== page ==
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Leeds Mental Wellbeing Service

LMWS Blog: Mental wellbeing in a pandemic

This year has brought difficulties for everyone and, though lockdown has begun to ease, many of us are still struggling with our mental wellbeing. However, our specialists at LMWS have shared some tips to get you back on track – including our free online course designed to help you cope with both the pandemic and its aftermath.

Is it normal to feel this way?

Of course!

‘Lack of motivation, lack of interest in things, having more down days – these are all completely natural responses to a global pandemic,’ says Katy Linvell.

Anxiety has been a common issue too, as the pandemic has sparked our ‘fight or flight’ response. ‘It’s a very primitive and very smart mechanism that signals that we might be under threat. It’s developed over millions of years to keep us safe,’ says Mathilda Hall.

Although lockdown is lifting, this shift can pose new challenges too. Steph Wetherhill recommends choosing one or two activities to help you gradually acclimatise.

‘Your anxious feeling is trying to keep you safe and it’s a difficult thing to switch off as soon as rules change,’ says Steph. ‘Take things slowly and start reintroducing activities in a graded way so you don’t get overwhelmed – like going swimming at a time you know the pool will be quieter.’

Would an online class help?

The LMWS class has been specifically designed with the pandemic in mind. Available to everyone registered with a Leeds GP, it uses proven cognitive behavioural therapy (CBT) techniques to help you manage your wellbeing whatever the future holds.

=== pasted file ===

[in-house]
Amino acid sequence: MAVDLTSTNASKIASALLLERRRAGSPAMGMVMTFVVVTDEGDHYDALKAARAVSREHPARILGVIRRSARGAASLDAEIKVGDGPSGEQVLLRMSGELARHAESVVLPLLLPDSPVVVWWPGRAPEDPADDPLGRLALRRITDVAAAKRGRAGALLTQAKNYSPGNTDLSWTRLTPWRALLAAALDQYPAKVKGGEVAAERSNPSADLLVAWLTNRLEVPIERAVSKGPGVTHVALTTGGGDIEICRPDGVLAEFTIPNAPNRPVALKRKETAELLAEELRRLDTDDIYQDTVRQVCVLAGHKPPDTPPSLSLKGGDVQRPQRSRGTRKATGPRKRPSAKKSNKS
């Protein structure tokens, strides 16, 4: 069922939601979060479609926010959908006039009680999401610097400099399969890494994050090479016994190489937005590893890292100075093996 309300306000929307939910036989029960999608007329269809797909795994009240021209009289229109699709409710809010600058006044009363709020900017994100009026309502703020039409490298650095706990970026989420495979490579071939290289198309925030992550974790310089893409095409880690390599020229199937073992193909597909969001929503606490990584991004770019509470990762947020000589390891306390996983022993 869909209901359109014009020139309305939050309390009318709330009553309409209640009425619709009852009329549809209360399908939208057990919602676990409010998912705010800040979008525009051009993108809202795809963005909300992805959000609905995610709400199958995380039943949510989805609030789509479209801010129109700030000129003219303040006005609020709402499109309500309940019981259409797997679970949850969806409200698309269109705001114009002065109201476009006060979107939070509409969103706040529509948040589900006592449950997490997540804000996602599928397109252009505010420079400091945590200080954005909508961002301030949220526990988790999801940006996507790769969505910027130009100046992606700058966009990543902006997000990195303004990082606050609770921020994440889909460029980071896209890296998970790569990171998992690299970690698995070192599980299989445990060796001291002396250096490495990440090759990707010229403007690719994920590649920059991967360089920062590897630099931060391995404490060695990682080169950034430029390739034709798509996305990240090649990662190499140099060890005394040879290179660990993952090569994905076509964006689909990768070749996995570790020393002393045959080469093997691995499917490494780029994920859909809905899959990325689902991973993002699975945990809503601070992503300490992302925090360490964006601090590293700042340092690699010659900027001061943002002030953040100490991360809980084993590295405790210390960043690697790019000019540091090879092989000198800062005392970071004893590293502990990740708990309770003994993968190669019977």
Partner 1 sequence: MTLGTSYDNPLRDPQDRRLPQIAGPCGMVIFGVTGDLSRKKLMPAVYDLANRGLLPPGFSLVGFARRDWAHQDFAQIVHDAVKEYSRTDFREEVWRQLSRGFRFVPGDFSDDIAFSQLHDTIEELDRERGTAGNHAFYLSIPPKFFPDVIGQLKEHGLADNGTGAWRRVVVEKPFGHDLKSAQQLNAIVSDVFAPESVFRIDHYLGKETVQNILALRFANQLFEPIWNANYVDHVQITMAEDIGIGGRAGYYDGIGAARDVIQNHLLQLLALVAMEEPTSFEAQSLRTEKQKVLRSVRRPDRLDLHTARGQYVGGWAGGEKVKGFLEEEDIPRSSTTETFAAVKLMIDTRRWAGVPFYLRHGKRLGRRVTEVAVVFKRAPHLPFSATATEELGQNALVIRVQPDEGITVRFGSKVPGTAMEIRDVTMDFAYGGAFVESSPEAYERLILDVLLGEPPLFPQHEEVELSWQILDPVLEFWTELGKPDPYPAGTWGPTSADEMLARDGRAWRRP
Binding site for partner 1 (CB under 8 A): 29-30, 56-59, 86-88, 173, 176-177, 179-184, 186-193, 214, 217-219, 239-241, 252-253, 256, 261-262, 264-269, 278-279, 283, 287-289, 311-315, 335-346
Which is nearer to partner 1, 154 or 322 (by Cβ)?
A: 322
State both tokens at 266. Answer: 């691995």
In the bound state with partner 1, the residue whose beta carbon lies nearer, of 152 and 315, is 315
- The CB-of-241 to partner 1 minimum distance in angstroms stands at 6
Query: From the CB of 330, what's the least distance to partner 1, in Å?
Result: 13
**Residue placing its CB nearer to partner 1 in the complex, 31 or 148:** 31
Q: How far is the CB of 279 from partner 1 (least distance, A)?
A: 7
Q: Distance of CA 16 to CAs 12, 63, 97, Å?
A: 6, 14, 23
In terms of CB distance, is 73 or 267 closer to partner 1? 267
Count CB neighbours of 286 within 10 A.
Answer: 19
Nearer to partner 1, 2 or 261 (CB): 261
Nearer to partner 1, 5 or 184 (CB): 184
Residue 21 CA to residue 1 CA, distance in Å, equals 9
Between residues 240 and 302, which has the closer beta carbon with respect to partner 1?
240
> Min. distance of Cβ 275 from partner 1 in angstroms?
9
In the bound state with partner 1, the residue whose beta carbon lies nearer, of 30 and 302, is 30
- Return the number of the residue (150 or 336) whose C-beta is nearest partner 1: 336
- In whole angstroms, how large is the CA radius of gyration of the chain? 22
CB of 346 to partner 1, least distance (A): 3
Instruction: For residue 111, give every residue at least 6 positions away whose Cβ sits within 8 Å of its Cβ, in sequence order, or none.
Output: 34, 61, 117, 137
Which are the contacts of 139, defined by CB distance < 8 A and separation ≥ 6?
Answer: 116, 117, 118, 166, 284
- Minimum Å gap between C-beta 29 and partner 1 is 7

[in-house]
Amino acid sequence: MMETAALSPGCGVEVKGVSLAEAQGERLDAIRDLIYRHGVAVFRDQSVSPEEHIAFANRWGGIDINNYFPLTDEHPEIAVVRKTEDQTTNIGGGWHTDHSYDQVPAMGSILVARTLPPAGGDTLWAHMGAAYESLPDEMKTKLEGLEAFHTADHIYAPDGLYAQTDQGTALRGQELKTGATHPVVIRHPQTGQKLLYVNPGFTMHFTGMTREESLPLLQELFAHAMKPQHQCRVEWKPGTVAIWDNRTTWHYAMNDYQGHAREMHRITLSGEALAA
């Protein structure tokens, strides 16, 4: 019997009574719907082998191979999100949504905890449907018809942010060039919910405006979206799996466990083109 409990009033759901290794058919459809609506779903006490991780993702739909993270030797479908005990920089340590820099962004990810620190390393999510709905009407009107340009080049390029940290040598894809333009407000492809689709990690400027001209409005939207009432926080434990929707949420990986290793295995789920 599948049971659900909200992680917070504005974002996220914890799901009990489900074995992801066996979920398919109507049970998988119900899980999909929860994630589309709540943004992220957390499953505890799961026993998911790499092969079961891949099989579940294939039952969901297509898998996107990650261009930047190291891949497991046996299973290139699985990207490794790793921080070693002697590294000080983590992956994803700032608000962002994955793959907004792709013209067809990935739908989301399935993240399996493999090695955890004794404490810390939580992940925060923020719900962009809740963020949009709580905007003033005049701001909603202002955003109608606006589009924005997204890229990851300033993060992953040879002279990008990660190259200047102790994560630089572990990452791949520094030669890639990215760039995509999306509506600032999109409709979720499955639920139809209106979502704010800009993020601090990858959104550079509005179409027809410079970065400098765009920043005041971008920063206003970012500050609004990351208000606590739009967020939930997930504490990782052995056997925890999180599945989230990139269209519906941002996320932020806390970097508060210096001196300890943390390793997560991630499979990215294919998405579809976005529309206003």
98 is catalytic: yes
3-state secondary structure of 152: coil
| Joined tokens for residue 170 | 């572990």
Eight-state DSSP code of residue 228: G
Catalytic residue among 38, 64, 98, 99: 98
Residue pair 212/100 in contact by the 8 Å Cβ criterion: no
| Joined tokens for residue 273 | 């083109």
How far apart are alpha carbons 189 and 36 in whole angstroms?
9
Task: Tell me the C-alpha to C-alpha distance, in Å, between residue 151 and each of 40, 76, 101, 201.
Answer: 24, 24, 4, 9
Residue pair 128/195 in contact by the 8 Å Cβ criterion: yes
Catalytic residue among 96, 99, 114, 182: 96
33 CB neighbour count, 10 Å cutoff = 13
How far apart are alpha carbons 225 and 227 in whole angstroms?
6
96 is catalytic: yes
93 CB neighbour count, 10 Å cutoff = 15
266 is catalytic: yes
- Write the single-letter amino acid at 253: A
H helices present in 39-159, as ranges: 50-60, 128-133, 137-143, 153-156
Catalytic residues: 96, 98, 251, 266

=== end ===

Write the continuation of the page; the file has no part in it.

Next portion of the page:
‘Through CBT, we work to understand the physical, emotional and behavioural impact of the pandemic, and how we can make physical changes to calm the body like breathing and progressive muscle relaxation,’ Iain Cullum explains.

As our routines continue to change, this can cause difficulties both at work and in our personal lives. ‘We look at ways that routines have changed, and how they can be adjusted to improve wellbeing,’ says Iain. ‘By the end of the course, people feel able to practice the techniques they have been taught and feel more in control of their wellbeing.’

How does the class work?

The online class meets for one 2-hour session a week for four weeks. Your microphone and camera are switched off, but you can interact through the ‘Live Chat’ function, staying anonymous if you prefer. Participants each receive a workbook to take notes in class and then practice in their own time.

‘The online group gives you the chance to learn practical techniques you can use throughout your daily life,’ says Nikita Wilton. ‘Many participants also comment on how helpful it is to work with others who are experiencing the same challenges.’

The class is also much quicker to access than one-on-one therapy, as you can sign up directly via the LMWS website.

‘We cover far more content than many other therapies. You have access to three or four practitioners every session, as well as the support of the group,’ Nikita says. ‘It’s a simple and effective way to boost your mental health and get back to enjoying your life.’

Sign up for the next class, starting Wednesday 18 August.

What other services are available?

This class and its practical techniques can be very helpful, even after the pandemic has passed. However, if it’s not for you, you can check out our other classes, refer yourself to LMWS, speak to your GP – or try our Omnitherapy service for immediate online support.

Alternatively, the Samaritans have a 24-hour helpline if you need to speak to someone: call 116 123 for free at any time. Visit MindWell for a range of services and self-help guides, while men struggling with their mental health can visit Andy’s Man Club for local peer support.

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